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Tuesday, July 7, 2009

Nothing is impossible for French

In 2008, S.T. Dupont released limited edition pens, lighter and ashtray encouraged by Place Vendome.

This square received its name from the fact that the Duke of Vendome had his residence here. It is located very near to the famous Louvre museum and the Church of la Madeleine, by foot about 5 minutes. It was built between 1687 and 1720 to surround an equestria statue by Girardon dedicated to Louis XIV, later destroyed during the Revolution. Jules Hardouin-Mansart built it as an octagonal square flanked by colossal facades displaying the Corinthian order and harmonious Classical proportions. They have tall basement with cross wall pierced with semi-circular windows and above this column or pilaster stretching up past two storey or more, and crowned, on the roofs, by numerous dormer-windows.

There are important buildings in this square today: Hotel Ritz (No. 15), the house where Chopin died in 1849 (No. 12) and the residence of Eugenia de Montijo, wife of Napoleon III.

During the Empire, Napoleon followed the footsteps of Roman emperors by having a commemorative column erected (1806 – 1810) in the style of the Trajan Column. It took the bronze from 1,200 enemy cannon to clad the 44 meters column. The column was elected by Gondouin and Lepere in honor of Napoleon. On top of the column, Antoine-Denis Chaudet erected a statue of the emporer which was destroyed in 1814 and replaced by that of Henry IV. However, later in 1863, a statue of Napoleon was put back in place, but eight years later again, at the time of Gommune, the status was taken down once more, only to be replaced once and for all by another replica of Nepolean in 1873. On the column itself is the low relief carved by Etienne Bergeret representing the 1806 campaign.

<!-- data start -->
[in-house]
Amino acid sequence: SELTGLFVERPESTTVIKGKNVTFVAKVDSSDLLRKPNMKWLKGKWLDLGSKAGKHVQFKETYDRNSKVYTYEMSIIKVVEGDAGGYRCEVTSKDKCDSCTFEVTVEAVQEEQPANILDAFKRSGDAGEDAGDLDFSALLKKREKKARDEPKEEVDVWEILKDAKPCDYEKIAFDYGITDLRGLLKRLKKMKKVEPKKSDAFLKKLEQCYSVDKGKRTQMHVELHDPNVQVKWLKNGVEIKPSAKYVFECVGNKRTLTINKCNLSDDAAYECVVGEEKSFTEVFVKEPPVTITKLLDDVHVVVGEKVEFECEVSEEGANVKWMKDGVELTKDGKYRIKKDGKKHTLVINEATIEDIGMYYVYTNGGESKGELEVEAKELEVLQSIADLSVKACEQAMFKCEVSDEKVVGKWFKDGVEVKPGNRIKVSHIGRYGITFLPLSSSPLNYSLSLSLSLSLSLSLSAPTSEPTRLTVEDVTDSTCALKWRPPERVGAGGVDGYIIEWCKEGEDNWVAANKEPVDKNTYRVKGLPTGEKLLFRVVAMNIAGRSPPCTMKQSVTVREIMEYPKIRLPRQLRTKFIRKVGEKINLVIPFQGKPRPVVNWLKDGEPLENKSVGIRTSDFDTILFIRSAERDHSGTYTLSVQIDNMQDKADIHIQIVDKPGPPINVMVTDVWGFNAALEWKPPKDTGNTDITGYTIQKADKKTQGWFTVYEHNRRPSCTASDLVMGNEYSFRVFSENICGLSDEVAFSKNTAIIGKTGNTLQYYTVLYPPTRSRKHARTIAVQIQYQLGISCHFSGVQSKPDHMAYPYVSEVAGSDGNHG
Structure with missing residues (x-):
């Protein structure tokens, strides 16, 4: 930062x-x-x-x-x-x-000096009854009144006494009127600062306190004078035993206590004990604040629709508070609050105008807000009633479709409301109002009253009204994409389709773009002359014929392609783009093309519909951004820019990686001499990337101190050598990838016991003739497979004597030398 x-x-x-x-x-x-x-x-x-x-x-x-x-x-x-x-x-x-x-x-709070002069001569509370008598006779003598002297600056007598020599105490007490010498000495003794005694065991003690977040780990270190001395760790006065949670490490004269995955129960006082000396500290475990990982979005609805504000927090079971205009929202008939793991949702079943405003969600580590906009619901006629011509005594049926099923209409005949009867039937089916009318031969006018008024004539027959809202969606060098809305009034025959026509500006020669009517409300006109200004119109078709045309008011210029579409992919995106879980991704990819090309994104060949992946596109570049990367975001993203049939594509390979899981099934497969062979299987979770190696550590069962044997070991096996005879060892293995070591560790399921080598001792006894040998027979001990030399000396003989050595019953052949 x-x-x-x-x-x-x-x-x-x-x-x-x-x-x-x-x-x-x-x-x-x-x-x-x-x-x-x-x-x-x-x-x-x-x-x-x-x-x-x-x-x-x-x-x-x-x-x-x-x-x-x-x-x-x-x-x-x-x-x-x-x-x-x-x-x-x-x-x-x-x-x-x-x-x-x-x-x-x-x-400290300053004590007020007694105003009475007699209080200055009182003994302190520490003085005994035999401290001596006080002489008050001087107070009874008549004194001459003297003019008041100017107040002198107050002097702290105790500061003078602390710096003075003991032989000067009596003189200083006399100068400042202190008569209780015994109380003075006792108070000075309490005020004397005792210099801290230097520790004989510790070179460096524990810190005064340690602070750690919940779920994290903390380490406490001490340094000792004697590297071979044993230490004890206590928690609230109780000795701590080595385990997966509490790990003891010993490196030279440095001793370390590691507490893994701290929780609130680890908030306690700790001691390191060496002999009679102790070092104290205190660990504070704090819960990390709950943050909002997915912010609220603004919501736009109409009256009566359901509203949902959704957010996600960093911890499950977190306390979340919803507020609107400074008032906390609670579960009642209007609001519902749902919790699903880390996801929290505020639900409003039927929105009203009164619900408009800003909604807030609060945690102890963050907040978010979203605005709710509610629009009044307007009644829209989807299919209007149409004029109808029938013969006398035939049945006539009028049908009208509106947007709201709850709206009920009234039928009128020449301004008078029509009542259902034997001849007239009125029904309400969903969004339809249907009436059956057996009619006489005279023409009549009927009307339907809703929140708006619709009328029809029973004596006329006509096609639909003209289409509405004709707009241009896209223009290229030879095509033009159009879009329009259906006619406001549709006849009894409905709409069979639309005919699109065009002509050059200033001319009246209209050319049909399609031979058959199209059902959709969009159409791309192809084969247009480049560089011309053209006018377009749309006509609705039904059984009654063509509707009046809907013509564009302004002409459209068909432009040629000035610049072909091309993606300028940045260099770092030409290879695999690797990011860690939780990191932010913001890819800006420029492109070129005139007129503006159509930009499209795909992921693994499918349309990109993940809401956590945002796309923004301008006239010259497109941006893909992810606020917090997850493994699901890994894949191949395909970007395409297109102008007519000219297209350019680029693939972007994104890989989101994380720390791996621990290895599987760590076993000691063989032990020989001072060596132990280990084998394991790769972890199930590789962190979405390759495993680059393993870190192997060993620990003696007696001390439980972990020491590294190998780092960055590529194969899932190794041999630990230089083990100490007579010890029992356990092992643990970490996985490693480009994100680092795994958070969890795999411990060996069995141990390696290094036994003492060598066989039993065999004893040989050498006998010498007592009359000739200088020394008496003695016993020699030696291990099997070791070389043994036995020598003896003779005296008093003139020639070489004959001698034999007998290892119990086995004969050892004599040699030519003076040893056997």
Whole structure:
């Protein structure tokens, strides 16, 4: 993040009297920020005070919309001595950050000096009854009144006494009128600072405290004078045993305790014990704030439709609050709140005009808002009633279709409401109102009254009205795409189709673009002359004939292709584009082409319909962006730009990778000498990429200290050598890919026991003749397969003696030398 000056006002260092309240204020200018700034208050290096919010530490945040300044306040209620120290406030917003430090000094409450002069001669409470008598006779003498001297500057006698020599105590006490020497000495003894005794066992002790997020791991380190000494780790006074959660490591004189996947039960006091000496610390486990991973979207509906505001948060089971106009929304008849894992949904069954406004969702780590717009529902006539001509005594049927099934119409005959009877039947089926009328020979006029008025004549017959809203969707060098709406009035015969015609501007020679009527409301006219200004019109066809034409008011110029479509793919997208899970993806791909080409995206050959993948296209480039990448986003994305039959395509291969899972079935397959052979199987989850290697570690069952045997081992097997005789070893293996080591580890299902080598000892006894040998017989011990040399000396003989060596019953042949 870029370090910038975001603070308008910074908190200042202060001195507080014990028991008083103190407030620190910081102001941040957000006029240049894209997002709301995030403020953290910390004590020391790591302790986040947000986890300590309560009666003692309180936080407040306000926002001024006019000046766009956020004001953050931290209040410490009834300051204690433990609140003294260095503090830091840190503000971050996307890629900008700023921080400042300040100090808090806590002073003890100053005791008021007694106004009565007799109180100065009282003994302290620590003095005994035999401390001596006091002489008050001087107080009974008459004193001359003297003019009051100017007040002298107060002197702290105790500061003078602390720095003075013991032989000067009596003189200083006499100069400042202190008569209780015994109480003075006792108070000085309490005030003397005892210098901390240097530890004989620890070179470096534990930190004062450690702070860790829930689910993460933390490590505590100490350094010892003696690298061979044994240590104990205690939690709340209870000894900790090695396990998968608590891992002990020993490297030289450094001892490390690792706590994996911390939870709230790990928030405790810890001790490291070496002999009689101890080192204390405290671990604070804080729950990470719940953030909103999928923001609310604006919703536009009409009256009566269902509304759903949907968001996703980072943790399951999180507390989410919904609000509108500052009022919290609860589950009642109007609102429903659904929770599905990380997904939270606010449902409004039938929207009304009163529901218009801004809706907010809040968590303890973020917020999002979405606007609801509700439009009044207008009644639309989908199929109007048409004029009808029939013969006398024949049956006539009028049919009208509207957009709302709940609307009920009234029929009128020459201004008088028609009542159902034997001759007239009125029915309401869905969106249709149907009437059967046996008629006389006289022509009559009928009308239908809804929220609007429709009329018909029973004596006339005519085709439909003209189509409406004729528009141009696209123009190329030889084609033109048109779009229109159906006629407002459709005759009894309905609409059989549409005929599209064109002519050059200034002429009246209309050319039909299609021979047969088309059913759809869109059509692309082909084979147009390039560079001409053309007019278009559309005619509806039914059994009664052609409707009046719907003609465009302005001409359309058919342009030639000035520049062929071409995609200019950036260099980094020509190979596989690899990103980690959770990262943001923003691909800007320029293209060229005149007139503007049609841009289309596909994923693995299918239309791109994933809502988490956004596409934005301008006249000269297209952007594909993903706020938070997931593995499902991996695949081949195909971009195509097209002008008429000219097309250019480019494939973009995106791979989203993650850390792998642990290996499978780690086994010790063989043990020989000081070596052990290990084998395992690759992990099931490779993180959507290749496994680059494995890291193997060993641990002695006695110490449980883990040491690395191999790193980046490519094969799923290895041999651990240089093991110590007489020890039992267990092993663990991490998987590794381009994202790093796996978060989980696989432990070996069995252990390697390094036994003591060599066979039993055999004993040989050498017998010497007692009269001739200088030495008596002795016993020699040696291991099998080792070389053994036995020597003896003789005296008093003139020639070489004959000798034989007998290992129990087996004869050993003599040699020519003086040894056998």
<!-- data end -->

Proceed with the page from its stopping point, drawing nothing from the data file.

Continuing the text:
In order to simulate the square, Dupont created 3 items; lighter, pens and ashtray. The design of the lighter was created to look like the building with semi-circular windows and above them are columns stretching up past two storey. The pen suppose to represent the famous Colossian column, without the low relief carving of the 1806 campaign. It was replaced by Napoleon’s famous quotation “Impossible n’est pas francais”, which mean “Nothing is impossible for French” … I guess the Quote help us to explain a lot of things that we don't really understand …

The pens and lighters are limited to 1810, which is the date the Vendome column was erected. The ashtrays are limited to 810 pieces. Each pen featured eight hematite stones hand placed into the cap. The pen is not of resin, steel or sterling silver, but palladium. If you have a deeper pocket, S.T. Dupont has another version of the set (pen and lighter) just for you. It is set with white diamonds on pink solid gold. The Ligne 2 lighter is setting with 192 diamonds, and the pen is setting with 160 diamonds. Both the lighter and pens are limited to 35 pieces each.

There was an article in PenCraft issue 6 on the same pen.

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